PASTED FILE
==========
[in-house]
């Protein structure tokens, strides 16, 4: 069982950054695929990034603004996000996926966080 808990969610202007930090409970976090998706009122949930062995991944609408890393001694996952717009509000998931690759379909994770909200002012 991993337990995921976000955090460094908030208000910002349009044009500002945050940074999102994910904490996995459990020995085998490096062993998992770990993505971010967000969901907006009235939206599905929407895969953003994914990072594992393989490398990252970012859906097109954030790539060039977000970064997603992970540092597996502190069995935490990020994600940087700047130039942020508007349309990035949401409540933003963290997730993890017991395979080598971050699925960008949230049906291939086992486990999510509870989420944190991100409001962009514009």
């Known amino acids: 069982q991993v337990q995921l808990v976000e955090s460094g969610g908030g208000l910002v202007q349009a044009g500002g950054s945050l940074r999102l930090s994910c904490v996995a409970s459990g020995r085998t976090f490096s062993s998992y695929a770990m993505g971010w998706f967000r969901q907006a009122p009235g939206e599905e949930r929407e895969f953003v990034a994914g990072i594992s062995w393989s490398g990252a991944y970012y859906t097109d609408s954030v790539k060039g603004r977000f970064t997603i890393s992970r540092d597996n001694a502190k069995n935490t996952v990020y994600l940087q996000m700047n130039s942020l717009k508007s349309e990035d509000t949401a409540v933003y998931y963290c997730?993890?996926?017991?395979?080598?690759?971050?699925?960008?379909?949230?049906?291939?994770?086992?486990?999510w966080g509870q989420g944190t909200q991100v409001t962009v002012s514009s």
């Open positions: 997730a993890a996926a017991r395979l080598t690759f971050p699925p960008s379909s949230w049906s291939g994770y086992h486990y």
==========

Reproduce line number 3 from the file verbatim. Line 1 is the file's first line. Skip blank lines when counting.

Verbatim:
């Known amino acids: 069982q991993v337990q995921l808990v976000e955090s460094g969610g908030g208000l910002v202007q349009a044009g500002g950054s945050l940074r999102l930090s994910c904490v996995a409970s459990g020995r085998t976090f490096s062993s998992y695929a770990m993505g971010w998706f967000r969901q907006a009122p009235g939206e599905e949930r929407e895969f953003v990034a994914g990072i594992s062995w393989s490398g990252a991944y970012y859906t097109d609408s954030v790539k060039g603004r977000f970064t997603i890393s992970r540092d597996n001694a502190k069995n935490t996952v990020y994600l940087q996000m700047n130039s942020l717009k508007s349309e990035d509000t949401a409540v933003y998931y963290c997730?993890?996926?017991?395979?080598?690759?971050?699925?960008?379909?949230?049906?291939?994770?086992?486990?999510w966080g509870q989420g944190t909200q991100v409001t962009v002012s514009s």